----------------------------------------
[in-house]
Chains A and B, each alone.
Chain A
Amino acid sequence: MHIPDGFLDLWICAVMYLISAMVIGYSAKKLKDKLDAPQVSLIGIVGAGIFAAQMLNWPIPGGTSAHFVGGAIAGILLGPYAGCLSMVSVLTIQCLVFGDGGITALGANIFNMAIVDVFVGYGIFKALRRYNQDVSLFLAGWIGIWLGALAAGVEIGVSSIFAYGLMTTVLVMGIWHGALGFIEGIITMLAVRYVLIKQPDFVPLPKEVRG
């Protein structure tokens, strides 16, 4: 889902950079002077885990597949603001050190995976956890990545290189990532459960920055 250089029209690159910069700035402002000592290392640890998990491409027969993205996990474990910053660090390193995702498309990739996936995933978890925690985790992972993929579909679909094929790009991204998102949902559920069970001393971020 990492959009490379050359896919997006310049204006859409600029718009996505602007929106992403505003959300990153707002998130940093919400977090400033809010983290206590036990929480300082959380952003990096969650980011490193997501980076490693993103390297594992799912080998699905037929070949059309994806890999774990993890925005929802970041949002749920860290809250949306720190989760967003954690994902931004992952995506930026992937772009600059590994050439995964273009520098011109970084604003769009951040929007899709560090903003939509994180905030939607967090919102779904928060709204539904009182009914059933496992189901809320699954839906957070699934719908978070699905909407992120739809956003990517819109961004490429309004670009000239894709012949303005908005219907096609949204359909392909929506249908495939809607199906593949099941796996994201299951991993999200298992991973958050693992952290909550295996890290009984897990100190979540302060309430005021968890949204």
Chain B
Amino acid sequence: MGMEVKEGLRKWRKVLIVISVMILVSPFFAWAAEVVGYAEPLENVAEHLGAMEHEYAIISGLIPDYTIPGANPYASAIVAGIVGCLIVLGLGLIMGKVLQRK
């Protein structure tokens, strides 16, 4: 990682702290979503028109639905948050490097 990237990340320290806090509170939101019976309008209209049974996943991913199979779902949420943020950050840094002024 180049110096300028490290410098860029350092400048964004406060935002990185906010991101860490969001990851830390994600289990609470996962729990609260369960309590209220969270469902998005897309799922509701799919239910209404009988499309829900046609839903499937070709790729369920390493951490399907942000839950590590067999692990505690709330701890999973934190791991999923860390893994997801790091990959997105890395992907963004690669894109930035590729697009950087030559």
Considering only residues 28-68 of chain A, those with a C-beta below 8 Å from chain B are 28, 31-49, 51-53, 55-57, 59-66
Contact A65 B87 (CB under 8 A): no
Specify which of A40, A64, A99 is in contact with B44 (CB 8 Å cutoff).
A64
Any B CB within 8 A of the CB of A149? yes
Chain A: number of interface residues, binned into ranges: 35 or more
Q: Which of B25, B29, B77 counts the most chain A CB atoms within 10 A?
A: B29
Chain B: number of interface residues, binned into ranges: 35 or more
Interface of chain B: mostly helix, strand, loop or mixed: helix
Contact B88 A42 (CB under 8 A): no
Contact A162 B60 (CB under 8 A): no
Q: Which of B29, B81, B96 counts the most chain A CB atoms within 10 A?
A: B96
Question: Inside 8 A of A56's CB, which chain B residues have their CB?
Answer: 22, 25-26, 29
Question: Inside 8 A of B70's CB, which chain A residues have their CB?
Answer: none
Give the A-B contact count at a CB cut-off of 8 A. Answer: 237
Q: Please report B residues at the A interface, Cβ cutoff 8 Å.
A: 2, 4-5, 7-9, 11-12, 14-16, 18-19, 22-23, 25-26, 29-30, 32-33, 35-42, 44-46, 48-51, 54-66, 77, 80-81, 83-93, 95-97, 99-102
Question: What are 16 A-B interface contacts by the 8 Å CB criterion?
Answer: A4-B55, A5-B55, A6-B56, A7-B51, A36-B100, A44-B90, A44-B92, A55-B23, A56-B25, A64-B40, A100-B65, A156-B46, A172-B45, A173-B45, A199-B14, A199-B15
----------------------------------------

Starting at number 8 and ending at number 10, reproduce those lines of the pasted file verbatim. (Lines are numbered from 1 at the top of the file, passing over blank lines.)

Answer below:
């Protein structure tokens, strides 16, 4: 990682702290979503028109639905948050490097 990237990340320290806090509170939101019976309008209209049974996943991913199979779902949420943020950050840094002024 180049110096300028490290410098860029350092400048964004406060935002990185906010991101860490969001990851830390994600289990609470996962729990609260369960309590209220969270469902998005897309799922509701799919239910209404009988499309829900046609839903499937070709790729369920390493951490399907942000839950590590067999692990505690709330701890999973934190791991999923860390893994997801790091990959997105890395992907963004690669894109930035590729697009950087030559």
Considering only residues 28-68 of chain A, those with a C-beta below 8 Å from chain B are 28, 31-49, 51-53, 55-57, 59-66
Contact A65 B87 (CB under 8 A): no